U.S. Ukraine aid needs to be part of a larger strategic vision that aims for Russian defeat in Ukraine. 

Author: Samuel Dempsey - USA Team

Four days after President Biden approved the $61 billion in military aid, on April 28, 2024, Ukraine received the first wave of anti-armor rockets, missiles, and 155-millimeter artillery shells. While Ukraine welcomed the needed U.S. aid, it came months late considering the on-the-ground requirements of the Armed Forces of Ukraine. As a result, much of this aid package is attempting to make up for lost time and reinforce the depleted defence supply chain.

In H.R.815 - Making emergency supplemental appropriations for the fiscal year ending September 30, 2024, and for other purposes, $23 billion of the aid supplement replenishes military stockpiles, enabling future U.S. military transfers to Ukraine; $14 billion is designated for the Ukraine Security Assistance Initiative, which allows the DoD to buy advanced new weapon systems for Ukraine directly from U.S. defence contractors; $11 billion will fund current U.S. military operations in the region, and about $8 billion goes to non-military assistance through a loan to the Ukrainian government to cover basic operating costs.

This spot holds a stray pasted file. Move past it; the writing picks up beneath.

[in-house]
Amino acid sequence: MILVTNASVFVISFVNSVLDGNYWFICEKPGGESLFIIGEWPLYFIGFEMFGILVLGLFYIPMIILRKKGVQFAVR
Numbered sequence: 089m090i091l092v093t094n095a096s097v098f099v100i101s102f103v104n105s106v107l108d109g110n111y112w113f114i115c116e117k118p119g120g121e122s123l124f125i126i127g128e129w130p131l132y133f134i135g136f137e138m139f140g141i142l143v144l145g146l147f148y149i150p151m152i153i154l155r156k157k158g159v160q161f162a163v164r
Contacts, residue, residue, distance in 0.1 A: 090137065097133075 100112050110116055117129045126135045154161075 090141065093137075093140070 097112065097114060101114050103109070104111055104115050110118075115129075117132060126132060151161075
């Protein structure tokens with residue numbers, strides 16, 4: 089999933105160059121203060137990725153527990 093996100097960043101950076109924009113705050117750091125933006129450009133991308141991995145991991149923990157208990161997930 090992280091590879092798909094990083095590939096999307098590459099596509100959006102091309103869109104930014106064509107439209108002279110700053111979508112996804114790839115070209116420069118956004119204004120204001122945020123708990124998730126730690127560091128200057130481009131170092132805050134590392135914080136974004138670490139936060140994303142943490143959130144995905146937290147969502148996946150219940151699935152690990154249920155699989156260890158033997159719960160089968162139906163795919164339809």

The supplement comes at a time when Russia is increasingly exerting pressure across the 600-mile front line. Ukrainian brigades are spread thin, with little time for recuperation or new training, and much of the aid, including separate packages from the U.K. and Germany, will take months to arrive to truly bolster Ukraine’s defences on the ground.